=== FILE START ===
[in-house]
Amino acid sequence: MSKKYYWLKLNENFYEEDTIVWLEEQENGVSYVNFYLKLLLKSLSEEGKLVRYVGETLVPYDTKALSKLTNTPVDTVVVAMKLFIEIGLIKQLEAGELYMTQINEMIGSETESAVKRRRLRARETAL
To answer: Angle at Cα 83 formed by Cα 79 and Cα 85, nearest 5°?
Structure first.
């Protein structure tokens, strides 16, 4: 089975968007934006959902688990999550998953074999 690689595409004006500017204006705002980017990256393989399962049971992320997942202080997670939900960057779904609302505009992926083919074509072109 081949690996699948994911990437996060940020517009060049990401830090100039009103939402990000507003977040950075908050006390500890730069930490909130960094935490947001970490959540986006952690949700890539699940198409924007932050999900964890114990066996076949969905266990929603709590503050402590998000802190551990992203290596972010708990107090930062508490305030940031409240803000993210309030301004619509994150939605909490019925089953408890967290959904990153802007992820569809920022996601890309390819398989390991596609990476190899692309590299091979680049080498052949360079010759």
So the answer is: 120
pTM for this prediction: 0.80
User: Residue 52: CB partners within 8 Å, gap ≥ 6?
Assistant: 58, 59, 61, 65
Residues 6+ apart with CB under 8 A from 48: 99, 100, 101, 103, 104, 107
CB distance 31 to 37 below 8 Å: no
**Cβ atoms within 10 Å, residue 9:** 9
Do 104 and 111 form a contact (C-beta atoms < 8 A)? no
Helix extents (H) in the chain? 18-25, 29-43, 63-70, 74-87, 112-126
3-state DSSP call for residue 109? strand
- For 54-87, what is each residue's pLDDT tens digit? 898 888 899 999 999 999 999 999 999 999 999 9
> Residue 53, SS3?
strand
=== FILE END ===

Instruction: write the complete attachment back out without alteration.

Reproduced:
[in-house]
Amino acid sequence: MSKKYYWLKLNENFYEEDTIVWLEEQENGVSYVNFYLKLLLKSLSEEGKLVRYVGETLVPYDTKALSKLTNTPVDTVVVAMKLFIEIGLIKQLEAGELYMTQINEMIGSETESAVKRRRLRARETAL
To answer: Angle at Cα 83 formed by Cα 79 and Cα 85, nearest 5°?
Structure first.
């Protein structure tokens, strides 16, 4: 089975968007934006959902688990999550998953074999 690689595409004006500017204006705002980017990256393989399962049971992320997942202080997670939900960057779904609302505009992926083919074509072109 081949690996699948994911990437996060940020517009060049990401830090100039009103939402990000507003977040950075908050006390500890730069930490909130960094935490947001970490959540986006952690949700890539699940198409924007932050999900964890114990066996076949969905266990929603709590503050402590998000802190551990992203290596972010708990107090930062508490305030940031409240803000993210309030301004619509994150939605909490019925089953408890967290959904990153802007992820569809920022996601890309390819398989390991596609990476190899692309590299091979680049080498052949360079010759």
So the answer is: 120
pTM for this prediction: 0.80
User: Residue 52: CB partners within 8 Å, gap ≥ 6?
Assistant: 58, 59, 61, 65
Residues 6+ apart with CB under 8 A from 48: 99, 100, 101, 103, 104, 107
CB distance 31 to 37 below 8 Å: no
**Cβ atoms within 10 Å, residue 9:** 9
Do 104 and 111 form a contact (C-beta atoms < 8 A)? no
Helix extents (H) in the chain? 18-25, 29-43, 63-70, 74-87, 112-126
3-state DSSP call for residue 109? strand
- For 54-87, what is each residue's pLDDT tens digit? 898 888 899 999 999 999 999 999 999 999 999 9
> Residue 53, SS3?
strand